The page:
Thursday, November 17, 2011

go home to your friends

Ben and Scott Cunningham are wonderful songwriters and musicians, and awesome people as well. They are also my nephews. As a band, they call themselves The Olive Tree and they have just released a new collection (am I still allowed to call it an album?) that they offer as a free download at Here is how they describe the project:
A long time ago, there was a man who was deathly sick, broken down, and pushed out by everyone. One day, that man saw Jesus get out of a boat at the base of a hill, and he ran to him. Jesus healed this man. Then he turned to get back in the boat, and the man begged Jesus that he could be with him. But Jesus replied, 'Go home to your friends, and tell them what the Lord has done for you.'

This album is an attempt to do just that.

You can listen here though the player below, or go to their website and download it for yourself, along with some of their earlier work. You will be glad you did.


Monday, November 07, 2011

there are few things . . .

in all our living and in all our dying
we belong to God, we belong to God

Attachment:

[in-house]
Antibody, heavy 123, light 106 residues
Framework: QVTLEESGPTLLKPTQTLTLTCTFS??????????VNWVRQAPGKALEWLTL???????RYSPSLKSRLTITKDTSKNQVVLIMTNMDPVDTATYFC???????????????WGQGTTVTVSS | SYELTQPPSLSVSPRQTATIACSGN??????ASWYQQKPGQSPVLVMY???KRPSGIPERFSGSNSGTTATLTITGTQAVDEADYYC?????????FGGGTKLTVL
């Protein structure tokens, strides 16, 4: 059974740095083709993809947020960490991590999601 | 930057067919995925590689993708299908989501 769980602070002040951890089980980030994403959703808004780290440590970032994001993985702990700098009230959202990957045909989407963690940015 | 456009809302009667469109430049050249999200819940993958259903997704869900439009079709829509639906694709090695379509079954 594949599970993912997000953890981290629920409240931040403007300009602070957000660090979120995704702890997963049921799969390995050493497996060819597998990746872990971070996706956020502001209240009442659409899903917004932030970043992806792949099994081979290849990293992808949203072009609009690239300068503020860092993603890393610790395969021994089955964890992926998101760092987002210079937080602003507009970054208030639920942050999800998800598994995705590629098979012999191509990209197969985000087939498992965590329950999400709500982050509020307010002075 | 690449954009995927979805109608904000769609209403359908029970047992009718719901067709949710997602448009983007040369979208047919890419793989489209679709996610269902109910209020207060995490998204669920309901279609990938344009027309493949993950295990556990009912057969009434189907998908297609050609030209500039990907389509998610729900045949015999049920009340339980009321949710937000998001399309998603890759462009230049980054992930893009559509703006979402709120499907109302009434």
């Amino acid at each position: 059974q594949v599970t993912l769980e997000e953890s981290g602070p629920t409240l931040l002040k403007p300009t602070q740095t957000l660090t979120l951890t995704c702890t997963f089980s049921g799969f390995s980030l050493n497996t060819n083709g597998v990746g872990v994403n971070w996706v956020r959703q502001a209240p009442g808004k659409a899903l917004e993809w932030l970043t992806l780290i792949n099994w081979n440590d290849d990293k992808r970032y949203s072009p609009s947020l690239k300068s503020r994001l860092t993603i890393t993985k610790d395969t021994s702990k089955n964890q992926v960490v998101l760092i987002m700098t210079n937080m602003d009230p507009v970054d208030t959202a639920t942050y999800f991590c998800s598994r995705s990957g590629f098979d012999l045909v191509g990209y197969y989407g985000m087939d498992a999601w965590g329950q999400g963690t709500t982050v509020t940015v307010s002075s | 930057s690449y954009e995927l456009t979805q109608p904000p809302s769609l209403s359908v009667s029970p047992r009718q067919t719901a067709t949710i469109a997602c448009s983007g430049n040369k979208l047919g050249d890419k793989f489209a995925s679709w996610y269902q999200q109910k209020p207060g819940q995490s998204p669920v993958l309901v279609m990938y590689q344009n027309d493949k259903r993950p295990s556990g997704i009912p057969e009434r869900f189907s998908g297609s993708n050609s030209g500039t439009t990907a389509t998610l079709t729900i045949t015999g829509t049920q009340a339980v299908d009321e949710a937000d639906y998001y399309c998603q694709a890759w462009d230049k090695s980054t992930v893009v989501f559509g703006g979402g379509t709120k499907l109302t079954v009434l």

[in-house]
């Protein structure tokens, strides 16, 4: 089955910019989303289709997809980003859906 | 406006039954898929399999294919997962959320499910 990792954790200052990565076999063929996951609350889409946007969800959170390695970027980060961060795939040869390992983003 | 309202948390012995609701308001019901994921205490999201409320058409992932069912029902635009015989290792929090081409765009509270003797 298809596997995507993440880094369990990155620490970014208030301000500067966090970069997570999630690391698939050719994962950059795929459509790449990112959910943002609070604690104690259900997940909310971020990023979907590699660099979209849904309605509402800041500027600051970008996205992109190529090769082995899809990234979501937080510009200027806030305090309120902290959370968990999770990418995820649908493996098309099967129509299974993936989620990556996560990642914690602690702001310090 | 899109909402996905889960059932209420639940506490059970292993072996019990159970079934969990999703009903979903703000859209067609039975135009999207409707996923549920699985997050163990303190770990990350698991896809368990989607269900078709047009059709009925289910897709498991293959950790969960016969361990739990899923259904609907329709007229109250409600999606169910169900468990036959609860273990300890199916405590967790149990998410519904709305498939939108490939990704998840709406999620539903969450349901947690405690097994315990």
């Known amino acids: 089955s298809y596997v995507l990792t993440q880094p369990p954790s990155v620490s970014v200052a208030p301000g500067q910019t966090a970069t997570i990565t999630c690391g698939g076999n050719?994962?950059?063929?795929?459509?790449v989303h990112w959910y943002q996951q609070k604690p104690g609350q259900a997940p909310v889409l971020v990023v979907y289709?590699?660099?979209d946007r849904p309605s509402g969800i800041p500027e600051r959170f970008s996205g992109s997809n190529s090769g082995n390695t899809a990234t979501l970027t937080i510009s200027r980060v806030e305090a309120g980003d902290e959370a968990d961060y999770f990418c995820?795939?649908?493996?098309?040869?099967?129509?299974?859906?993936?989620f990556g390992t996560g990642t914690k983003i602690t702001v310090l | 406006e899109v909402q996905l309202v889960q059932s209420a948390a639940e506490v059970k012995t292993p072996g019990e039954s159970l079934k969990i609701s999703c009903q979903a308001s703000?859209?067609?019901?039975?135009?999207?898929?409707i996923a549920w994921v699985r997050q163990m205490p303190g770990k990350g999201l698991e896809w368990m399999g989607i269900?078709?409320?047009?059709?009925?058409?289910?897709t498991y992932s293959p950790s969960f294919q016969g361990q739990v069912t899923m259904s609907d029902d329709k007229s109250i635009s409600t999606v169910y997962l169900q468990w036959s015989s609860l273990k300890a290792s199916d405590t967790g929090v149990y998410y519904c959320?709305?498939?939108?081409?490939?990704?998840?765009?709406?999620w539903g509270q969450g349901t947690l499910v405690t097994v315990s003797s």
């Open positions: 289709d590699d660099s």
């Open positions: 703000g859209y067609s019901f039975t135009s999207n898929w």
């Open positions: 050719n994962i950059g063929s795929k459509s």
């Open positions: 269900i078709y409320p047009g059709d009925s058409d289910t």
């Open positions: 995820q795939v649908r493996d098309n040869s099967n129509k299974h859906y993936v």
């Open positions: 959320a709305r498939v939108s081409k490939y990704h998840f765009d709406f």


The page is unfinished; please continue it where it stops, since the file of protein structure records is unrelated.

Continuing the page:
“Pues Si Vivimos,” Mexican folk hymn

if the night didn’t lie in the darkness
then the daylight will be hard to find
               Lyle Lovett

there are few things . . .

. . . as large as emptiness
. . . as loud as absence

listen . . .

. . . to the echoes careen
in the caverns of the heart:

     (he is not here)

            ((( not not not

                        here here here )))

and wait . . .

. . . for the last word
. . . for one little light:

          (you are not alone)

there are few things . . .

. . . as incandescent as love


Tuesday, November 01, 2011

all saints sonnet

there is no place where I walk
where someone has not walked
no conversation I might have
that’s not already talked

what is new in my big world
is mostly new to me
that those who have come before
have kindly let me see

as if it were the first time
and then underneath the new
a sacred sense a heart shine
a thin place with a view

all the saints now come and gone
remind me I am not alone